Monday, January 19, 2009

Double the Refund

We have an online business for selling family and Christian board games and card games. The best time of year for us is, of course, the holiday season. Where we normally have 10-20 visitors a day (usually closer to 10...), during December we were averaging 50! One buyer purchased a $12 game and paid $70 to have it shipped to Mexico. I guess he really wanted the game.

For some reason, eBay had calculated the shipping way too high. When we calculated the shipping ourselves we determined that he had overpaid by $30. Being the good and honest sellers that we are, we refunded the excess. But it wasn't as simple as that. We travel during Christmas, every year. To three different places. All those places have internet, but one of them only has dial-up.

Don't get me wrong, I have great affection for dial-up, as that is what we had while I was in high school and I got C's on my finals one semester because I was spending so much time in AOL's chat rooms. And that's the only type of connection that was available to me when I was in France for my junior year. It worked for me and I couldn't complain. Now I'm spoiled with high-speed at home, at my in-laws', and at my parents'.

But a dial-up connection is nothing but trouble when one is trying to take care of an online business (or trying to read comics). And it was while we only had access through dial-up that I had to take care of this guy's refund.

I got the shipping process started for the game to go to Mexico, and I emailed the buyer that he had overpaid for shipping and should expect a refund, then I logged into Paypal to get the refund going. By now I had been at it for a good hour (in the cold, back room all by myself while everyone else was in the warm room with the fire), and I couldn't do anything else while waiting for pages to load except play Solitaire. Over and over and over....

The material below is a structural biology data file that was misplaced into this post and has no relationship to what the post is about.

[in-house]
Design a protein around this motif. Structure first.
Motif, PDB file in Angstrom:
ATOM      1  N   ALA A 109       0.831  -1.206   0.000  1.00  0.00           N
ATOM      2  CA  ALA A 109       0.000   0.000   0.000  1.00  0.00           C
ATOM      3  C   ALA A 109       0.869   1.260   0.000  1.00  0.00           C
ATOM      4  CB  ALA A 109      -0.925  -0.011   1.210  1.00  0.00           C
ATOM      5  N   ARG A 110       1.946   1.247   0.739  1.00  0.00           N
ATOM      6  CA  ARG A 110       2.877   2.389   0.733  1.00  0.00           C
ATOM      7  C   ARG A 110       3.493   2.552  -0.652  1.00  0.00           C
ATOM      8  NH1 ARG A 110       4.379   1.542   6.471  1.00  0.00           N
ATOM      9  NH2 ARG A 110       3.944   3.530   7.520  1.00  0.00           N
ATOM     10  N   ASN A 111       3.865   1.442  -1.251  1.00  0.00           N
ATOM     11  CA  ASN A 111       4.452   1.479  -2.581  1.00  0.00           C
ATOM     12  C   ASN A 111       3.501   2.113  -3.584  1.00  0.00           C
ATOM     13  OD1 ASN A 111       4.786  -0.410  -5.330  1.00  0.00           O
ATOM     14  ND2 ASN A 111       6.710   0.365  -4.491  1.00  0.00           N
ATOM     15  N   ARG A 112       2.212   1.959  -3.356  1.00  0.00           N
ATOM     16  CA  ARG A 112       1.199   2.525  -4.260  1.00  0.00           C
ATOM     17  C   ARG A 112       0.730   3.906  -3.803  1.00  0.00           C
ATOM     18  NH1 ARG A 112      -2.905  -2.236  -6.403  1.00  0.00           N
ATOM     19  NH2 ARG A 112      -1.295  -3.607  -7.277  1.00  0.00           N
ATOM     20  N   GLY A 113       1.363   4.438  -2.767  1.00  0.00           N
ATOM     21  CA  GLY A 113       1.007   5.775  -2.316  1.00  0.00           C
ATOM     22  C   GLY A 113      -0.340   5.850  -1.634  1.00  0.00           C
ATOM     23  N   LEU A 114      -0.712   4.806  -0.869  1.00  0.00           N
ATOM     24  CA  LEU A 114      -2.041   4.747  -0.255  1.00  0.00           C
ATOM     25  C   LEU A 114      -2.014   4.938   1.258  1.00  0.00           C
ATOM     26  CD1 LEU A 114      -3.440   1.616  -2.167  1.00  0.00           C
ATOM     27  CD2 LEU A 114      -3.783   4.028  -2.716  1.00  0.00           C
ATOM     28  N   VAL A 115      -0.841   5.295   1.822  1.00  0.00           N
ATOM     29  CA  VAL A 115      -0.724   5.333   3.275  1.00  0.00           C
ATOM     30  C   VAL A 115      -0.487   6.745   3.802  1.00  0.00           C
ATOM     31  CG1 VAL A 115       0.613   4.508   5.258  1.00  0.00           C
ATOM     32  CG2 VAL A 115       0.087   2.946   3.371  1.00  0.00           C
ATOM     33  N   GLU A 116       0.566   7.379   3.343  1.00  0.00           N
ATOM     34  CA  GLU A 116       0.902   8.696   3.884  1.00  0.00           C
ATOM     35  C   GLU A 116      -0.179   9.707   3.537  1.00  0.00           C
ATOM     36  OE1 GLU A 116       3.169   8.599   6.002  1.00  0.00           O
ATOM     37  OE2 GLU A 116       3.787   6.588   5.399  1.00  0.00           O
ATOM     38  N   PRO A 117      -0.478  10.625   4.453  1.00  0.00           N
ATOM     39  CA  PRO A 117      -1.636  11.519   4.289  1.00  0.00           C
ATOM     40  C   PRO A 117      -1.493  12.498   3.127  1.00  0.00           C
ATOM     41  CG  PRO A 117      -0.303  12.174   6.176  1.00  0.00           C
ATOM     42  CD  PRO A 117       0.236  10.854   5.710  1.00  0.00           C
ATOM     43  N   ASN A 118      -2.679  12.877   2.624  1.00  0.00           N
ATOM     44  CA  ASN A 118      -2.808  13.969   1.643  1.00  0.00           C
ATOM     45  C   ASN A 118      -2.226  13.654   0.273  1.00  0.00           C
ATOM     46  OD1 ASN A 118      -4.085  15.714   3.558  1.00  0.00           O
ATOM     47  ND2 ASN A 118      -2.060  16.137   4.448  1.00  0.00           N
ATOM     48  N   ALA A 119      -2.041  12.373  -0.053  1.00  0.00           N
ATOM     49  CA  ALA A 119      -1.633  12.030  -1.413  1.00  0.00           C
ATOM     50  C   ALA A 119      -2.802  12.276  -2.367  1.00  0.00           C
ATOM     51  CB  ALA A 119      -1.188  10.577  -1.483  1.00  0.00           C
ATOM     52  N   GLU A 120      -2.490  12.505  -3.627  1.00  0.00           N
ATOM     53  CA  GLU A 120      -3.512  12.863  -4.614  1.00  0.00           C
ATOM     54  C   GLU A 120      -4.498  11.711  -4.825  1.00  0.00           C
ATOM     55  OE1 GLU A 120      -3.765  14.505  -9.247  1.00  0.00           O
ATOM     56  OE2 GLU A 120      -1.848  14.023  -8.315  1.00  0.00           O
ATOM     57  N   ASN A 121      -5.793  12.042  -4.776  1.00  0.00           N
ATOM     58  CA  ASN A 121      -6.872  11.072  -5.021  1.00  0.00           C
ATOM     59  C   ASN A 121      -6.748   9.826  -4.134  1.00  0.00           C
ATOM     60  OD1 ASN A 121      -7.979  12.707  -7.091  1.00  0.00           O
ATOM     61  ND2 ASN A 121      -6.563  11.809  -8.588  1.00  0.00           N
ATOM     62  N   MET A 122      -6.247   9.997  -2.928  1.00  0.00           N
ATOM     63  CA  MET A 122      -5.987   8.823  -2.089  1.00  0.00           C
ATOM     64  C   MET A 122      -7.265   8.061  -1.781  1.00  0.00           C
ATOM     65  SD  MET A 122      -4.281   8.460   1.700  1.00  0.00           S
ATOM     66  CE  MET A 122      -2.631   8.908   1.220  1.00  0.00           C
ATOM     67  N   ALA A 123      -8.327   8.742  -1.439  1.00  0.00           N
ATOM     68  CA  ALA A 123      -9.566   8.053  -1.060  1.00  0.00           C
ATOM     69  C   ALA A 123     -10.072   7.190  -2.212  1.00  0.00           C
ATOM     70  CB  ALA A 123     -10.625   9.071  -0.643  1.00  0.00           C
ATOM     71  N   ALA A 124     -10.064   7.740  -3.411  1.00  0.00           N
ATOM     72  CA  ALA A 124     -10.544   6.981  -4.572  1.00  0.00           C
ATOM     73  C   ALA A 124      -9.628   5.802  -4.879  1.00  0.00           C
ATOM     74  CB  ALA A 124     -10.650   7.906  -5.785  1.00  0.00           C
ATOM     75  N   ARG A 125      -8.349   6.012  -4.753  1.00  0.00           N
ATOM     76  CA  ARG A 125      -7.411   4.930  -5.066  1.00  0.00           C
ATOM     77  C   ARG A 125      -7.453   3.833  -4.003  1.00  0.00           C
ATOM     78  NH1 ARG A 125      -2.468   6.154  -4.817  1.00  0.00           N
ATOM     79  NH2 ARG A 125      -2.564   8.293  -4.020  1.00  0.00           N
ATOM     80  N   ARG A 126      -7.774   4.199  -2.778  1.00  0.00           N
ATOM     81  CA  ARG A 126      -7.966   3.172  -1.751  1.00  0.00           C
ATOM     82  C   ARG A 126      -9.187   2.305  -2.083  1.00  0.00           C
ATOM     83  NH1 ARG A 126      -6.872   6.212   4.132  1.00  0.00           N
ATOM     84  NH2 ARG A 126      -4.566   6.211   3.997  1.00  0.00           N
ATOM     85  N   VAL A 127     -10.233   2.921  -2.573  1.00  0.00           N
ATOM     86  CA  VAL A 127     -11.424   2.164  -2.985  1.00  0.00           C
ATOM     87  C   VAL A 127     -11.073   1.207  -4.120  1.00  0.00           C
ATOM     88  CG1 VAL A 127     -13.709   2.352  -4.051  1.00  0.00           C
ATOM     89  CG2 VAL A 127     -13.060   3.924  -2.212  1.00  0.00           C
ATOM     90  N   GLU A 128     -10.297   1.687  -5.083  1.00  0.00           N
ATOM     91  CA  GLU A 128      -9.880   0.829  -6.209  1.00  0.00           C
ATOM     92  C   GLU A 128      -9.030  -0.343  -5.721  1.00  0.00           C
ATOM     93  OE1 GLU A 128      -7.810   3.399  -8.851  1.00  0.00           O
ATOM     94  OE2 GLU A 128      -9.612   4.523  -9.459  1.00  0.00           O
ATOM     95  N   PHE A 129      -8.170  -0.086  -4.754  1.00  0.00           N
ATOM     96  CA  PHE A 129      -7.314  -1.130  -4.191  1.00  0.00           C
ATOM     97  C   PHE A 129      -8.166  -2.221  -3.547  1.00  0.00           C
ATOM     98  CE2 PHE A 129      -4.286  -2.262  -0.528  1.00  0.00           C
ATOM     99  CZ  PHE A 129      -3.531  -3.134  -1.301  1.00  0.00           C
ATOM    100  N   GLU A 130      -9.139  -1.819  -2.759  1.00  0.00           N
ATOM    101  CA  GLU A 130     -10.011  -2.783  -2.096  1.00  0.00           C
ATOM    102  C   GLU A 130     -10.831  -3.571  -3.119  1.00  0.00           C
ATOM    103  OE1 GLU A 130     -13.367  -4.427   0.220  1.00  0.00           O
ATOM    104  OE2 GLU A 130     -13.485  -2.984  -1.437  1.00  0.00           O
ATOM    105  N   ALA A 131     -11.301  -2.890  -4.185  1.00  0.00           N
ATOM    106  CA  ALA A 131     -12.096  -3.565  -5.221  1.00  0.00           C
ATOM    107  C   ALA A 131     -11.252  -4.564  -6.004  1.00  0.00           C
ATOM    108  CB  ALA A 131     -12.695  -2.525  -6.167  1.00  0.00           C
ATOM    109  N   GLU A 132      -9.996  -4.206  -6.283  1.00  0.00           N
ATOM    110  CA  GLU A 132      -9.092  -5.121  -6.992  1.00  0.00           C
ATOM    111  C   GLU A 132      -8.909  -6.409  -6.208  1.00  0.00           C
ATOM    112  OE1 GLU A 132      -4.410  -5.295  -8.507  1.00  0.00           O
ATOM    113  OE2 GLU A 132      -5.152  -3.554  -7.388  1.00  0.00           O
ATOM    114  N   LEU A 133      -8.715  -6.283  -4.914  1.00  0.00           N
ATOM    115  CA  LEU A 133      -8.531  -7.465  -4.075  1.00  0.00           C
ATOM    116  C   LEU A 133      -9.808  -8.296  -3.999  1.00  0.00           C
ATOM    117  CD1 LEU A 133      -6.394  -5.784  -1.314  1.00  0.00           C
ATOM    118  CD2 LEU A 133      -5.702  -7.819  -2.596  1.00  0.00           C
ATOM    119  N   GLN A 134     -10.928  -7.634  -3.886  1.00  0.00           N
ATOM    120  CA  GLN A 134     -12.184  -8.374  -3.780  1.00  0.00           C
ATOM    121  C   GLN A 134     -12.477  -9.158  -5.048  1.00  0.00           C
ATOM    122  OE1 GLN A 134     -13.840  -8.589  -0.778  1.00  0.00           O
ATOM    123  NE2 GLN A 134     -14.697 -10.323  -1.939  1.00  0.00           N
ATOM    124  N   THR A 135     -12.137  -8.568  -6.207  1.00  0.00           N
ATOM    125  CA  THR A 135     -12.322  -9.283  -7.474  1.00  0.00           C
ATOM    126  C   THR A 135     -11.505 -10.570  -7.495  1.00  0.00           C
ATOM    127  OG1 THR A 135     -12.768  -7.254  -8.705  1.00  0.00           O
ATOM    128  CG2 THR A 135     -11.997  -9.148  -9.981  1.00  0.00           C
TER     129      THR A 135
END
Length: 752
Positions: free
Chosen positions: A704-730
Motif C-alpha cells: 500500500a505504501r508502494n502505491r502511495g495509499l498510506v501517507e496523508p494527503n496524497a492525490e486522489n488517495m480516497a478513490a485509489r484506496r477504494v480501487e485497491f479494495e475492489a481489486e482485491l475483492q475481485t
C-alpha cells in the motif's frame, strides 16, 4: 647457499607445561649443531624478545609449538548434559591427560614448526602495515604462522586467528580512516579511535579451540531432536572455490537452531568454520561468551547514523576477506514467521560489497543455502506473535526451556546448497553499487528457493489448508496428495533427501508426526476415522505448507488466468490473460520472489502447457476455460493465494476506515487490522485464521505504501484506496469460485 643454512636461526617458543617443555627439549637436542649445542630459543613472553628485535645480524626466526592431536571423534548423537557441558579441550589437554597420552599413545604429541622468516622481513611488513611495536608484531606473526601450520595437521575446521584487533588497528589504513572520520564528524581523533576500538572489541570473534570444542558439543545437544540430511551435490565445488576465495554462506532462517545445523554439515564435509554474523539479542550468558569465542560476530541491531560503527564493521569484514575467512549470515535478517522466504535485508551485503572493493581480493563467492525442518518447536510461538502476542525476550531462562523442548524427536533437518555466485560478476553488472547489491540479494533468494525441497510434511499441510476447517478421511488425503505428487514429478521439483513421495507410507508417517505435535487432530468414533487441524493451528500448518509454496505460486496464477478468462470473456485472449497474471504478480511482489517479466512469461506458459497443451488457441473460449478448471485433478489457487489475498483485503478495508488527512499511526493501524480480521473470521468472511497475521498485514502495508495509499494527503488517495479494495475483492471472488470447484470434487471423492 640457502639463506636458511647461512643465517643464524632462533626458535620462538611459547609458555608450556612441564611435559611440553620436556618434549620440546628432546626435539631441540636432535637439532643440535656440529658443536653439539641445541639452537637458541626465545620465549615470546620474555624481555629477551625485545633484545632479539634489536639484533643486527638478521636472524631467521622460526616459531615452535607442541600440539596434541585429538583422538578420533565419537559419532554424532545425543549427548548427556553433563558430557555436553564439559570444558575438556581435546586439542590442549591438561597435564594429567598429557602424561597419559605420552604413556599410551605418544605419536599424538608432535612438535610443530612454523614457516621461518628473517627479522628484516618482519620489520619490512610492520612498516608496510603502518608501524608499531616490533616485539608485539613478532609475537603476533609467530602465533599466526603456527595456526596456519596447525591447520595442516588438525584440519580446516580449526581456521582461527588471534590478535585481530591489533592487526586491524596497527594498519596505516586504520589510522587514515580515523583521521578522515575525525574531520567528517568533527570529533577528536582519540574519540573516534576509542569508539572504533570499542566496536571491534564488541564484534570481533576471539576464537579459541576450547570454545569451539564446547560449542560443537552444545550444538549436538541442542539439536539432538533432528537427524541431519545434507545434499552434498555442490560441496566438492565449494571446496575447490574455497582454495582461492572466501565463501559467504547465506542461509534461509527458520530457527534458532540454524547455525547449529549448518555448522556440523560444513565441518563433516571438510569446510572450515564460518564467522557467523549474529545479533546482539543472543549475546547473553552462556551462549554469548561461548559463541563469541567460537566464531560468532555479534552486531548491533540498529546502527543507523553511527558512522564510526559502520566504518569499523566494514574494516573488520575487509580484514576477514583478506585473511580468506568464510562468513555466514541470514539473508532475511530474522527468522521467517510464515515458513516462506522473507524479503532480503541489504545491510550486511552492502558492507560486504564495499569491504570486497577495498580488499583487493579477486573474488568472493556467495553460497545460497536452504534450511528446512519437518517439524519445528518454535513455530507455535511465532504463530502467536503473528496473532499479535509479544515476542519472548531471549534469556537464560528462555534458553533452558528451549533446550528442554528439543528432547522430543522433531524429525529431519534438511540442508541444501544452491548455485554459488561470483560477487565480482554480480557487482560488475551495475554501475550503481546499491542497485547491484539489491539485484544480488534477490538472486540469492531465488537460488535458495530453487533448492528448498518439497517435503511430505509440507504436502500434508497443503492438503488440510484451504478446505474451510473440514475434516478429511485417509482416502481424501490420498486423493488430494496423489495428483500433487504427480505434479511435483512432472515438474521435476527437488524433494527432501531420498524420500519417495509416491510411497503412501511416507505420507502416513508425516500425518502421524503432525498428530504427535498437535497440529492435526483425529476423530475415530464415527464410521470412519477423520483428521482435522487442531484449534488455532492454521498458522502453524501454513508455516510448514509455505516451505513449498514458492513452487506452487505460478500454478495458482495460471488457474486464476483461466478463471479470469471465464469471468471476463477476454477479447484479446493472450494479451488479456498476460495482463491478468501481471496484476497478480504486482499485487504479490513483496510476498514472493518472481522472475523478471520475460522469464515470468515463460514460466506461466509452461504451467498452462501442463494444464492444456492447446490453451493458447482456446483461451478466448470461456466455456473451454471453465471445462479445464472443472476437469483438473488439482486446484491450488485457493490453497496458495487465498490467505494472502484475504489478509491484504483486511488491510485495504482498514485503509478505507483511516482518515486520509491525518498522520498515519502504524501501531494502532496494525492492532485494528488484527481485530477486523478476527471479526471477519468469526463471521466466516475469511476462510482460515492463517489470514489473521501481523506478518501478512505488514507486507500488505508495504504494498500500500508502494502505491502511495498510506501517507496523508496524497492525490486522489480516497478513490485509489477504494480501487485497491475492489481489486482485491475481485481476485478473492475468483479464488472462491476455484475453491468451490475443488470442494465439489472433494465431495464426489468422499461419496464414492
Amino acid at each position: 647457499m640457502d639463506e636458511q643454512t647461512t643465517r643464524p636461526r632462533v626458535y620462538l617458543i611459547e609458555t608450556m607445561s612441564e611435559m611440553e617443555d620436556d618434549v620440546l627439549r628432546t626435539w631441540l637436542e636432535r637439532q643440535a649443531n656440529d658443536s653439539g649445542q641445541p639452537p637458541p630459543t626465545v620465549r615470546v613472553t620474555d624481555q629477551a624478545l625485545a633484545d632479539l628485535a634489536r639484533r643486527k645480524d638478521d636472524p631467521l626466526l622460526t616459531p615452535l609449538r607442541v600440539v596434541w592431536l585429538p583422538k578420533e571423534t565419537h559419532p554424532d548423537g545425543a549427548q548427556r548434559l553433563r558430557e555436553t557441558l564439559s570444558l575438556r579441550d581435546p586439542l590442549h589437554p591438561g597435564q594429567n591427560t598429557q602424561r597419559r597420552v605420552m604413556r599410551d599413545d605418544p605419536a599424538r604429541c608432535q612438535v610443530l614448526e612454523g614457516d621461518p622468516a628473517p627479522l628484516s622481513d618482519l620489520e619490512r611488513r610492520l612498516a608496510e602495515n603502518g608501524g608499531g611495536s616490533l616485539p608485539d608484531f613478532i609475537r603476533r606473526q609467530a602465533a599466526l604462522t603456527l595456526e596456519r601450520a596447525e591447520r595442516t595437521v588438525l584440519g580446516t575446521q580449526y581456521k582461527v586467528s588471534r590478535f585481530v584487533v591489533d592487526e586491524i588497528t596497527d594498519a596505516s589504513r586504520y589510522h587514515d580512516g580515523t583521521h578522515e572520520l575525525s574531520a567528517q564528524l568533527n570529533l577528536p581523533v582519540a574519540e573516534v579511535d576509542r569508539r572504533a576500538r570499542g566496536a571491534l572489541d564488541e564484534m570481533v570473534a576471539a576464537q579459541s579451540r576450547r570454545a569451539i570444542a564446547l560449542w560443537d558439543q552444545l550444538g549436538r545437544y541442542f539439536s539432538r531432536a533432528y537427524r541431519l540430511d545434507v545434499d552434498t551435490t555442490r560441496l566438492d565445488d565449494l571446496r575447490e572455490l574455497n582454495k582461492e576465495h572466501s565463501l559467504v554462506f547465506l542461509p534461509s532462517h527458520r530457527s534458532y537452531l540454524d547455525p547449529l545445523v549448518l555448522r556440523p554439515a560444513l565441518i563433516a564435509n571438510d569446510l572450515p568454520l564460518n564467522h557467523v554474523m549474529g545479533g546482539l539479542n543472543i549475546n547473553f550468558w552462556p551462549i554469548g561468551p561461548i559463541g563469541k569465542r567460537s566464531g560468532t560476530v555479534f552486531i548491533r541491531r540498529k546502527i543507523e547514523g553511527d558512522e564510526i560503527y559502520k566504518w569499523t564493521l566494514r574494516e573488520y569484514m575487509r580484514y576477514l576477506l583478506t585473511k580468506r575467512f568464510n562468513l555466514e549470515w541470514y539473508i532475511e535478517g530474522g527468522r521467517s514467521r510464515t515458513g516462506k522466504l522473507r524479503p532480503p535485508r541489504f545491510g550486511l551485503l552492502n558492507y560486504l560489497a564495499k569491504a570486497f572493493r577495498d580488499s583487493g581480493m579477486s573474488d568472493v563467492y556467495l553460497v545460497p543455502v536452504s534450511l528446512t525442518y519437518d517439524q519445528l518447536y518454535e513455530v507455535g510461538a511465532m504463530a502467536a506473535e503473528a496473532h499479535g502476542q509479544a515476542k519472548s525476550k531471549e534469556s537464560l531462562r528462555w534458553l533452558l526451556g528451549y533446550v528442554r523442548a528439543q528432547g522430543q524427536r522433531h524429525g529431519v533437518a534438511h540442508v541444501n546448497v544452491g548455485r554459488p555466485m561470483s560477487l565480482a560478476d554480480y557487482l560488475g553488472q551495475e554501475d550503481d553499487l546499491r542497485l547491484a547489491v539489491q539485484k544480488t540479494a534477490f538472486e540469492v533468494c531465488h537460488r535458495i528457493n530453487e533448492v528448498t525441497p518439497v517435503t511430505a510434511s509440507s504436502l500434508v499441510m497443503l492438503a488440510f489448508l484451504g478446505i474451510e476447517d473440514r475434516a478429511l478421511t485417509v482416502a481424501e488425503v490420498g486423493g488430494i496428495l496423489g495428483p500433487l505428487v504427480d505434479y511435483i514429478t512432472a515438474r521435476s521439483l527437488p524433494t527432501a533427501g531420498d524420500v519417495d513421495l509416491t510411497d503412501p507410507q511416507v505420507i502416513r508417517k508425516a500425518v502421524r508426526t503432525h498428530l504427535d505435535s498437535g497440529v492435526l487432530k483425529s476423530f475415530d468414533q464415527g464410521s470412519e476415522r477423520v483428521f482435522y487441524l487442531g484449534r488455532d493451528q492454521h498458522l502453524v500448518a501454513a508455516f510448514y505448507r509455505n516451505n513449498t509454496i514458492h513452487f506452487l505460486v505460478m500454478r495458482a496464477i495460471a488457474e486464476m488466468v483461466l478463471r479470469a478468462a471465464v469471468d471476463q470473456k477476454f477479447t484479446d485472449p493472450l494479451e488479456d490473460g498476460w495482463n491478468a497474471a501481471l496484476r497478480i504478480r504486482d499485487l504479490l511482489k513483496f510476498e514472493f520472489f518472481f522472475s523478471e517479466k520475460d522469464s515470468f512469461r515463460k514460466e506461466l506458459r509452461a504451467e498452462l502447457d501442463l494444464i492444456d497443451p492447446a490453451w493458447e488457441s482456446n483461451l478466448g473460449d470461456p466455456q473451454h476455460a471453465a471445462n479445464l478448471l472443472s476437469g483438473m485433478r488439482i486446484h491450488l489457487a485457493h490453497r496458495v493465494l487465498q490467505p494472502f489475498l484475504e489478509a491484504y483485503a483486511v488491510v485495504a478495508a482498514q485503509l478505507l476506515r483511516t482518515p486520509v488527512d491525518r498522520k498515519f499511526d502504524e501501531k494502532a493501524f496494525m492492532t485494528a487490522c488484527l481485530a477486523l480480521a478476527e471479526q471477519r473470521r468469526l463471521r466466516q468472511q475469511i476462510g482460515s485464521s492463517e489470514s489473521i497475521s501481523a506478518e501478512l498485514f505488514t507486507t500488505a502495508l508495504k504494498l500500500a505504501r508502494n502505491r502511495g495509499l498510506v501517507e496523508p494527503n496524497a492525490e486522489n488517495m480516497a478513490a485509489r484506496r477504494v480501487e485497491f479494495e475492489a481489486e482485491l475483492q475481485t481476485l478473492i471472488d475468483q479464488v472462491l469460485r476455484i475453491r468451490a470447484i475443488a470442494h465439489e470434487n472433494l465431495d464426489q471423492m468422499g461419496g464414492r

I think I clicked the "refund" button, but there was no indication that anything was happening. I waited a moment, still nothing. So I clicked it again.

You know exactly what happened: I had sent the refund twice. It took 15 minutes to load, but when the transaction page came up, there it was twice: $30 and then another $30. Crud.

What could I do? There's no way to cancel a Paypal refund. Once you click that button, it's done. My only choice was to send an invoice to the buyer, try to explain what happened, and hope he sent us $30 back. And if he didn't, we'd just have to eat it. Yay for us! I wasn't too grumpy about it, I mean, it was ALL MY FAULT and I couldn't blame ANYONE ELSE. So why get grumpy? It was actually kinda humorous.

I returned to the warm room with the fire and thawed my frozen fingers while I regaled anyone who would listen with my tale of woe. This sparked a "topper session" in which each person tried to top the previous person's story with a worse one of being screwed by eBay, Paypal, or both. It was good fun. (Actually I love both eBay and Paypal, you just have to be careful)

Yay, this story has a happy ending! The buyer sent us our $30 back. Either he understood our situation and is a good and honest buyer, or he doesn't speak English well and was afraid if he didn't cooperate we wouldn't send him his game. He may not have realized that the game was already on its way and we couldn't stop it if we wanted to (we don't hold the inventory ourselves). And he gave us positive feedback, which we reciprocated, of course.